As you stare at your computer screen on a slow Monday morning, you’re probably wondering why your job doesn’t involve majestic dolphins and stunning background scenery. We don’t have any answers for you, but at least there’s a fullscreen option so you can temporarily forget all those emails you’re avoiding.
Boaty McBoatface—the infamous submarine that the internet voted to give a stupid-ass name—is setting off on its debut Antarctic expedition this week, Gizmodo reports.
Originally, Boaty McBoatface was supposed to be, well, a boat after the UK's Natural Environmental Research Council decided to put the name of a new research ship in the hands of a public vote. When the public opted to go with something brain-bleedingly dumb, the British government decided to change things up.
The boat was subsequently named after Sir David Attenborough—the velvet-tongued narrator of Planet Earth, among other things. The name "Boaty McBoatface" was relegated to something less important, in this case, a small submarine, instead. It's that sub that is now making its maiden voyage into the wild beyond.
The autonomous submarine named McBoatface is one of three long-range subs developed by the National Oceanography Center. It will set off on a mission to help map deep sea currents in Antarctica. The information will hopefully give some insight into how climate change is dicking around with the natural flow of the ocean.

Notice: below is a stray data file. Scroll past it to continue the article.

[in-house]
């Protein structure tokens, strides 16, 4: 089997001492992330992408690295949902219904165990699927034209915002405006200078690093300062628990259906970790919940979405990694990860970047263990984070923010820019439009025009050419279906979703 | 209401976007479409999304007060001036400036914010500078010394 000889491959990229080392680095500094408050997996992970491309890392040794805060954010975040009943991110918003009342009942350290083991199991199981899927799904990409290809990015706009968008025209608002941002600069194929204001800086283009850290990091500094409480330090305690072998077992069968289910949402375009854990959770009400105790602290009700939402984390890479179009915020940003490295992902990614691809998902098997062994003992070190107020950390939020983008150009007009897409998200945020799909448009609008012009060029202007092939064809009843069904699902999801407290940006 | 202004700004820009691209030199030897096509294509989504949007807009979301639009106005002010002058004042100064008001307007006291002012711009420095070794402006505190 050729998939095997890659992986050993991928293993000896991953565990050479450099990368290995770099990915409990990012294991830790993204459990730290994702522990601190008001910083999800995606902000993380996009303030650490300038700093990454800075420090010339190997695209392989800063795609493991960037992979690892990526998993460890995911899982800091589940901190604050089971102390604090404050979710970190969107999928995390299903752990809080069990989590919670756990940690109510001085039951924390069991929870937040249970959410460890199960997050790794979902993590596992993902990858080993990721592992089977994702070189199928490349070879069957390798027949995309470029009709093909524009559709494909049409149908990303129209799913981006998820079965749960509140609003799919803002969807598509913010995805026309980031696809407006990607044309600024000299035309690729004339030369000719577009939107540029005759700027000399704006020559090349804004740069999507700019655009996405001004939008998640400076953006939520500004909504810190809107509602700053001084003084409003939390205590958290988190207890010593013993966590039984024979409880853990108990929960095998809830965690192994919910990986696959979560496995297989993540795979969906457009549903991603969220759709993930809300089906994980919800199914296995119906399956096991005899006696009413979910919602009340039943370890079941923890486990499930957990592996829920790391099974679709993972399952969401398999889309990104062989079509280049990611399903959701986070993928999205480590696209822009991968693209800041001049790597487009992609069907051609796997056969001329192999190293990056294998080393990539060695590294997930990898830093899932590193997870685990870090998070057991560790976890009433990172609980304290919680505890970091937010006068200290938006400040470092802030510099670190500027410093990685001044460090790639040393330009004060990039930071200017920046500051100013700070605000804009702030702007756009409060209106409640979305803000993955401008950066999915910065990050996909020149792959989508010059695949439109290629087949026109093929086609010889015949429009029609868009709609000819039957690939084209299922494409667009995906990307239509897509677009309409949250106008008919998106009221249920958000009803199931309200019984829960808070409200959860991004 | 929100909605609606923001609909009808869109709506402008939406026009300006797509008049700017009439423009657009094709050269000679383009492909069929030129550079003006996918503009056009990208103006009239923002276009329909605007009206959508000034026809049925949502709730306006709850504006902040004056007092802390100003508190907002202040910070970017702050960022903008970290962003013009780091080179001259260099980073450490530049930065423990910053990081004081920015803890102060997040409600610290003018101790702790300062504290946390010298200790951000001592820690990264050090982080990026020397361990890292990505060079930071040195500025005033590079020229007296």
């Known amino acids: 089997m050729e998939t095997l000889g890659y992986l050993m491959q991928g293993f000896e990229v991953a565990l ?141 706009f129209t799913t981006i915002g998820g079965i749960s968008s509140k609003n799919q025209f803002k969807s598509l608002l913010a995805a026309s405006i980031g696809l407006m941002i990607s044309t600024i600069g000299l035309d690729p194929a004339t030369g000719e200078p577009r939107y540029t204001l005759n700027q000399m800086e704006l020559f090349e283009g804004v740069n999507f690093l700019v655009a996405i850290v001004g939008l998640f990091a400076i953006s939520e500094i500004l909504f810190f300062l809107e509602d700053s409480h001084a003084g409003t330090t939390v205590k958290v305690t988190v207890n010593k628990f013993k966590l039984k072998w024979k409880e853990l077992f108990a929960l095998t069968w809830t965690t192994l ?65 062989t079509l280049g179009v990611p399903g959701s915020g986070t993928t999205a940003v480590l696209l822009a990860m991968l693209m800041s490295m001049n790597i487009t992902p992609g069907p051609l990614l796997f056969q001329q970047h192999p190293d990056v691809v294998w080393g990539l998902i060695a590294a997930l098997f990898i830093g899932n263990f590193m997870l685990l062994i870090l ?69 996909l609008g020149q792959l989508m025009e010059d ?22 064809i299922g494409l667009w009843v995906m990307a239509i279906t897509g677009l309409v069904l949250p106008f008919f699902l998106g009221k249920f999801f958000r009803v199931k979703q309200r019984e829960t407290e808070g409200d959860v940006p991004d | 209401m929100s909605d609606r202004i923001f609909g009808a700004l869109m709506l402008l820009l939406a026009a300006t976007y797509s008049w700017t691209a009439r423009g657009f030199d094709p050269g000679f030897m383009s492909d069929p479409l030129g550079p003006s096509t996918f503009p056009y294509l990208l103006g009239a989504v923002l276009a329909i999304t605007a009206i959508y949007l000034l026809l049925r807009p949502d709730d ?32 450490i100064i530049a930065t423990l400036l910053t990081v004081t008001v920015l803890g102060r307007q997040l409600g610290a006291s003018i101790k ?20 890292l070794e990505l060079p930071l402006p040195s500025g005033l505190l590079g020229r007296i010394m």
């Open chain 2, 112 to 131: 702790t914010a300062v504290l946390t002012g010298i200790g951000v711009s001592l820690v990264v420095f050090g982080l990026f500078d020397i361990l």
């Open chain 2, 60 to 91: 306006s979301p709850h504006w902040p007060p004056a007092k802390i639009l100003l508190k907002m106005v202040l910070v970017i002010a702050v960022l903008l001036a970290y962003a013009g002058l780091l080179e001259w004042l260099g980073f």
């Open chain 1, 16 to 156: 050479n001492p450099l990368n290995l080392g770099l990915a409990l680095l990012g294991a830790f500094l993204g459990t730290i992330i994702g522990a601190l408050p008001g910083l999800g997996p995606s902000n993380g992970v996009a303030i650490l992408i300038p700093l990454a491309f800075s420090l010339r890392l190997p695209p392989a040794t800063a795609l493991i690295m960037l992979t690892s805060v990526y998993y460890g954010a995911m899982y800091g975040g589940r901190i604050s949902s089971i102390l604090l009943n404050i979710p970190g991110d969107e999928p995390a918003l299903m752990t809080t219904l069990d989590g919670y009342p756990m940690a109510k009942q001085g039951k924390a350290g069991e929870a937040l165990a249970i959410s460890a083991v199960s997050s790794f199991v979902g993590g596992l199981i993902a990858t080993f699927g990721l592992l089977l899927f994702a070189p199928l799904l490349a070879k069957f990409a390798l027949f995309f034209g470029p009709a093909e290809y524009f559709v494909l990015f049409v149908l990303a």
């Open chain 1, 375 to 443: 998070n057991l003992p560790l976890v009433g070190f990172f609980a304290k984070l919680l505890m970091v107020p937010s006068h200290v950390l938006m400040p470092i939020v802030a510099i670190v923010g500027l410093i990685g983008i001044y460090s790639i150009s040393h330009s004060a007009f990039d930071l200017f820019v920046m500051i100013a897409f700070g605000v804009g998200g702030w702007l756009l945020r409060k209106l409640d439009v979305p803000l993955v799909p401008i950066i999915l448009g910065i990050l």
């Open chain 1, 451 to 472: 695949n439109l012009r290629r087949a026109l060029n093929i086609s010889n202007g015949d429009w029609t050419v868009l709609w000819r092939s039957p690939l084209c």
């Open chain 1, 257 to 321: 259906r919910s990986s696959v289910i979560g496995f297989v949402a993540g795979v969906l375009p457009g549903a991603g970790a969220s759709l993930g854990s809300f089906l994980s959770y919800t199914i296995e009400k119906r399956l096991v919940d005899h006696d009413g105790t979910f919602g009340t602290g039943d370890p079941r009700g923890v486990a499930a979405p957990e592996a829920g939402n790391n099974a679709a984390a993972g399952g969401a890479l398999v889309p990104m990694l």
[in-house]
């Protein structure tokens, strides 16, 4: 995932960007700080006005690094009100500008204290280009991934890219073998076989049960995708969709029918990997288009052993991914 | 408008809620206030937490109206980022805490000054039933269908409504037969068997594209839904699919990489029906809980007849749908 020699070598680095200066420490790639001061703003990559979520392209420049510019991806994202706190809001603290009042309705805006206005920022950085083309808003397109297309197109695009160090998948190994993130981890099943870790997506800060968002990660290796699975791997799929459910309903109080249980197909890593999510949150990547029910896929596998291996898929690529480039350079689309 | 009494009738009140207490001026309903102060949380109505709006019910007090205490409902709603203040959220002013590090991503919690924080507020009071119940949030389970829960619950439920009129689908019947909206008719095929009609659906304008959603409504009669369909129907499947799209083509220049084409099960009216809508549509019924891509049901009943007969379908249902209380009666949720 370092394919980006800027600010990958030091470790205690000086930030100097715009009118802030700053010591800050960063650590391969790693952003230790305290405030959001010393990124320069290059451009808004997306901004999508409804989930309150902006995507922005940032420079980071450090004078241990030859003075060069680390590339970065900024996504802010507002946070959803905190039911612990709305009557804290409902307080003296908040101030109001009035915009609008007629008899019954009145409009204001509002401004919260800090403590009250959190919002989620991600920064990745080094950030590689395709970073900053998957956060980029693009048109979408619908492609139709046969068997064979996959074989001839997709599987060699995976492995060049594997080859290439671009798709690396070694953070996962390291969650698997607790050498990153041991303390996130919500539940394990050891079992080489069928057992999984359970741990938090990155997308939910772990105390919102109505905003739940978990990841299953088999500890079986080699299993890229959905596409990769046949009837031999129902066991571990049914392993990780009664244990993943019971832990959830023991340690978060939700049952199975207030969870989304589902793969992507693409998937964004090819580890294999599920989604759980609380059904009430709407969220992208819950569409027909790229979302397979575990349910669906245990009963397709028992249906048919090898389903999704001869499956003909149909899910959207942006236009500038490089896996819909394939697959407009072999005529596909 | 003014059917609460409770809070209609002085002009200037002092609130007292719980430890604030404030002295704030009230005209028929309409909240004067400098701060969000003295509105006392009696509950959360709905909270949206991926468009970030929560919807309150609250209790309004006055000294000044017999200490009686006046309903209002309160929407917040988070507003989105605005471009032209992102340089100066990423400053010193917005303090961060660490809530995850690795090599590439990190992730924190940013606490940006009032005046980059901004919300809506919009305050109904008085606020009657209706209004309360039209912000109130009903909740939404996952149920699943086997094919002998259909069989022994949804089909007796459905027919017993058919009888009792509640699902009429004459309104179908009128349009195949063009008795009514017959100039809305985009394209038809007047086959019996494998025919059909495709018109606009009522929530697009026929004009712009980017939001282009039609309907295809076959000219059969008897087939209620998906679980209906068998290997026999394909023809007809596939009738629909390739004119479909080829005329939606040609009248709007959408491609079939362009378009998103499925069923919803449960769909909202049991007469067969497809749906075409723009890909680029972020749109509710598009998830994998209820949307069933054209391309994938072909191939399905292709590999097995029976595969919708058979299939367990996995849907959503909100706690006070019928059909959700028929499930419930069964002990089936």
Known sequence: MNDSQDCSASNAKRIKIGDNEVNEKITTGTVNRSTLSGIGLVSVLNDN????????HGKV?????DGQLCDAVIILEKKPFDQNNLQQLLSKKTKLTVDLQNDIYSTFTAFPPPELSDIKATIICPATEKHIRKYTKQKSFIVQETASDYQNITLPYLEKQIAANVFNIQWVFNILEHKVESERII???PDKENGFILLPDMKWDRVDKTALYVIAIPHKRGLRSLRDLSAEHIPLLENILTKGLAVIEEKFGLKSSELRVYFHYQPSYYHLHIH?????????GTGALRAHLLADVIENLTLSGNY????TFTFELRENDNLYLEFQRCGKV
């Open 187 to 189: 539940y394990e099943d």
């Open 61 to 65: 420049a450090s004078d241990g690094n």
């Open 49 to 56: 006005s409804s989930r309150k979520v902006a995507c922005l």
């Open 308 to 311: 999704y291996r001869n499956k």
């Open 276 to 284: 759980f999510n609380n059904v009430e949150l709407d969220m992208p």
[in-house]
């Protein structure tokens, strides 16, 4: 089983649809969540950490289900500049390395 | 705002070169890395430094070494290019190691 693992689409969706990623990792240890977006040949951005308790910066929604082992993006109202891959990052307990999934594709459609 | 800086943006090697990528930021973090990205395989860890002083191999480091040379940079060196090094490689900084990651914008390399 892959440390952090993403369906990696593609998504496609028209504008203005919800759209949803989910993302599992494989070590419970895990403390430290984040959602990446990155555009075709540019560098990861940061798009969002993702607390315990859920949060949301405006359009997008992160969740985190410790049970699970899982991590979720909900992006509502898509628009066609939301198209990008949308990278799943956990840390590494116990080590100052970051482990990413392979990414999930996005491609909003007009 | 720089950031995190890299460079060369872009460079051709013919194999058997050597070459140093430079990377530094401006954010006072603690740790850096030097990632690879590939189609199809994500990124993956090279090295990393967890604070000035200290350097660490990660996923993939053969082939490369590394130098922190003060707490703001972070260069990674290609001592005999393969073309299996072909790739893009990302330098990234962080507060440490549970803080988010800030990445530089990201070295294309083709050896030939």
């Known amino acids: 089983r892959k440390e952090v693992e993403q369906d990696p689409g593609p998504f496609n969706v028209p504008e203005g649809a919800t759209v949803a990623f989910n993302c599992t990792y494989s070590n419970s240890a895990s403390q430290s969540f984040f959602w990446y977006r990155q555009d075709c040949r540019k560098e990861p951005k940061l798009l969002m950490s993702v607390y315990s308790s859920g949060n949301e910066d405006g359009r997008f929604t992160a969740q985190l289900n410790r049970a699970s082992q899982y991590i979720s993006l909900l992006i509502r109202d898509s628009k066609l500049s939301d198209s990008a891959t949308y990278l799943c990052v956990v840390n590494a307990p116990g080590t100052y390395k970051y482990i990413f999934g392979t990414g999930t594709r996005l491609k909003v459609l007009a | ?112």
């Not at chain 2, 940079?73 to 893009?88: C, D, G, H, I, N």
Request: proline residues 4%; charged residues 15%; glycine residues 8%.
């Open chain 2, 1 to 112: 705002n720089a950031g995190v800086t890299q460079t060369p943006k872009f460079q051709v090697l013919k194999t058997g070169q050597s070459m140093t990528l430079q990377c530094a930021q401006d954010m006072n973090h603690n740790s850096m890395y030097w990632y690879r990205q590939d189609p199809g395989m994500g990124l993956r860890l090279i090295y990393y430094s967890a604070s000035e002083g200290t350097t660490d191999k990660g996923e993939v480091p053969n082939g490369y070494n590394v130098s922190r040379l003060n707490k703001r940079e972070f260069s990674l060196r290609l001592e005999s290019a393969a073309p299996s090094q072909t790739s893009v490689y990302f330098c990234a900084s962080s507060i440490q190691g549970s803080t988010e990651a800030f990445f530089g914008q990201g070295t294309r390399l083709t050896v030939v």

Seeing as how a former reality star runs America and the EPA is helmed by a dude who's one bad haircut away from being a Captain Planet villain, it's only appropriate that a stupidly named submarine is going to play a pivotal role in understanding climate change. This is our world now.
A few years ago, plans were announced for a life-size replica of the Titanic, the luxury ship whose sinking inspired a very expensive movie and some great blogs. On Wednesday, construction of the large fake boat finally began.
If you’re on a sinking ship or you fall overboard, and you don’t have a legitimate flotation device, it’s time for the pants to come off. This clever survival trick will help you float on the water so you use less energy while waiting for someone to rescue you.
Like Nascar, hydroplane racing seems like one of those sports where fans only watch in hopes of seeing a spectacular crash. Making over-powered boats race at speeds of over 200 miles per hour might not be humanity’s best decision, but it makes for some impressively terrifying highlight videos when things go wrong. We’ll just stick with canoes, thank you.